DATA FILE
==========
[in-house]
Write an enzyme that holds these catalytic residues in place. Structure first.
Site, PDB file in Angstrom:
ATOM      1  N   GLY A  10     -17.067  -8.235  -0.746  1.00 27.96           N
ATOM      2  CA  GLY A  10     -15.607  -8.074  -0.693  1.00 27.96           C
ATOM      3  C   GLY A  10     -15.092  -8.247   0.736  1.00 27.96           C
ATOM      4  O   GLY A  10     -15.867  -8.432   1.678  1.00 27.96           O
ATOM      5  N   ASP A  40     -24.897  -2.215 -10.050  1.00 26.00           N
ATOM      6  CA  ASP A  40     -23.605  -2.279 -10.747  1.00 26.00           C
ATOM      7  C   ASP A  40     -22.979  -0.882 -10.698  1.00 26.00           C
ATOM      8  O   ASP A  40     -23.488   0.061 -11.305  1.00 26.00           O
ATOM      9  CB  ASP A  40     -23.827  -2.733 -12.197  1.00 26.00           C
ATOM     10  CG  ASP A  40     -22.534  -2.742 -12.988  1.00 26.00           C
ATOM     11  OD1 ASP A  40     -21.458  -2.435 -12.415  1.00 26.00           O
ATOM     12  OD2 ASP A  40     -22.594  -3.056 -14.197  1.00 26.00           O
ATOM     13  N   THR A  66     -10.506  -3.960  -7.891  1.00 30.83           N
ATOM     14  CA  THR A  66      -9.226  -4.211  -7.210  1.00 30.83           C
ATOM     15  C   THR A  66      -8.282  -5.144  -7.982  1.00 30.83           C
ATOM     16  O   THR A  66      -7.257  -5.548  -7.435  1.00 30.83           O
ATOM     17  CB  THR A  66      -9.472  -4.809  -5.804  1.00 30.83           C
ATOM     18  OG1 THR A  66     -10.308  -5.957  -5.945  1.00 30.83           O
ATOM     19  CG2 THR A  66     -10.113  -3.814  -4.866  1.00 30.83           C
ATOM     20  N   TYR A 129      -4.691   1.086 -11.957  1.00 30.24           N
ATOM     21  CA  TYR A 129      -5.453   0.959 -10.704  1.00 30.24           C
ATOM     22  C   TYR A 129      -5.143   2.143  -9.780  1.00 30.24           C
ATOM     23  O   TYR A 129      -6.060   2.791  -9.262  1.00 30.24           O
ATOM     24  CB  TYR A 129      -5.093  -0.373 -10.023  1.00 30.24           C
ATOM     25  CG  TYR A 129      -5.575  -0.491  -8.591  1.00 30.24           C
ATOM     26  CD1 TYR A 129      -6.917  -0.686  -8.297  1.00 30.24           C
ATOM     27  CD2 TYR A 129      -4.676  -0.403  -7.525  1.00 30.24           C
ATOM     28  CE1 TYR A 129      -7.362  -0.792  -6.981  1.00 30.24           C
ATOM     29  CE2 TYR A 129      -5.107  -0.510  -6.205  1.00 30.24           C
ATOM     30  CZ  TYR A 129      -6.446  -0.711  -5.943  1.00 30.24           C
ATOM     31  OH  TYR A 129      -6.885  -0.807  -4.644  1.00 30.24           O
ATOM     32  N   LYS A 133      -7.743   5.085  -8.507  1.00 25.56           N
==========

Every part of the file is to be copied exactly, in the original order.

[in-house]
Write an enzyme that holds these catalytic residues in place. Structure first.
Site, PDB file in Angstrom:
ATOM      1  N   GLY A  10     -17.067  -8.235  -0.746  1.00 27.96           N
ATOM      2  CA  GLY A  10     -15.607  -8.074  -0.693  1.00 27.96           C
ATOM      3  C   GLY A  10     -15.092  -8.247   0.736  1.00 27.96           C
ATOM      4  O   GLY A  10     -15.867  -8.432   1.678  1.00 27.96           O
ATOM      5  N   ASP A  40     -24.897  -2.215 -10.050  1.00 26.00           N
ATOM      6  CA  ASP A  40     -23.605  -2.279 -10.747  1.00 26.00           C
ATOM      7  C   ASP A  40     -22.979  -0.882 -10.698  1.00 26.00           C
ATOM      8  O   ASP A  40     -23.488   0.061 -11.305  1.00 26.00           O
ATOM      9  CB  ASP A  40     -23.827  -2.733 -12.197  1.00 26.00           C
ATOM     10  CG  ASP A  40     -22.534  -2.742 -12.988  1.00 26.00           C
ATOM     11  OD1 ASP A  40     -21.458  -2.435 -12.415  1.00 26.00           O
ATOM     12  OD2 ASP A  40     -22.594  -3.056 -14.197  1.00 26.00           O
ATOM     13  N   THR A  66     -10.506  -3.960  -7.891  1.00 30.83           N
ATOM     14  CA  THR A  66      -9.226  -4.211  -7.210  1.00 30.83           C
ATOM     15  C   THR A  66      -8.282  -5.144  -7.982  1.00 30.83           C
ATOM     16  O   THR A  66      -7.257  -5.548  -7.435  1.00 30.83           O
ATOM     17  CB  THR A  66      -9.472  -4.809  -5.804  1.00 30.83           C
ATOM     18  OG1 THR A  66     -10.308  -5.957  -5.945  1.00 30.83           O
ATOM     19  CG2 THR A  66     -10.113  -3.814  -4.866  1.00 30.83           C
ATOM     20  N   TYR A 129      -4.691   1.086 -11.957  1.00 30.24           N
ATOM     21  CA  TYR A 129      -5.453   0.959 -10.704  1.00 30.24           C
ATOM     22  C   TYR A 129      -5.143   2.143  -9.780  1.00 30.24           C
ATOM     23  O   TYR A 129      -6.060   2.791  -9.262  1.00 30.24           O
ATOM     24  CB  TYR A 129      -5.093  -0.373 -10.023  1.00 30.24           C
ATOM     25  CG  TYR A 129      -5.575  -0.491  -8.591  1.00 30.24           C
ATOM     26  CD1 TYR A 129      -6.917  -0.686  -8.297  1.00 30.24           C
ATOM     27  CD2 TYR A 129      -4.676  -0.403  -7.525  1.00 30.24           C
ATOM     28  CE1 TYR A 129      -7.362  -0.792  -6.981  1.00 30.24           C
ATOM     29  CE2 TYR A 129      -5.107  -0.510  -6.205  1.00 30.24           C
ATOM     30  CZ  TYR A 129      -6.446  -0.711  -5.943  1.00 30.24           C
ATOM     31  OH  TYR A 129      -6.885  -0.807  -4.644  1.00 30.24           O
ATOM     32  N   LYS A 133      -7.743   5.085  -8.507  1.00 25.56           N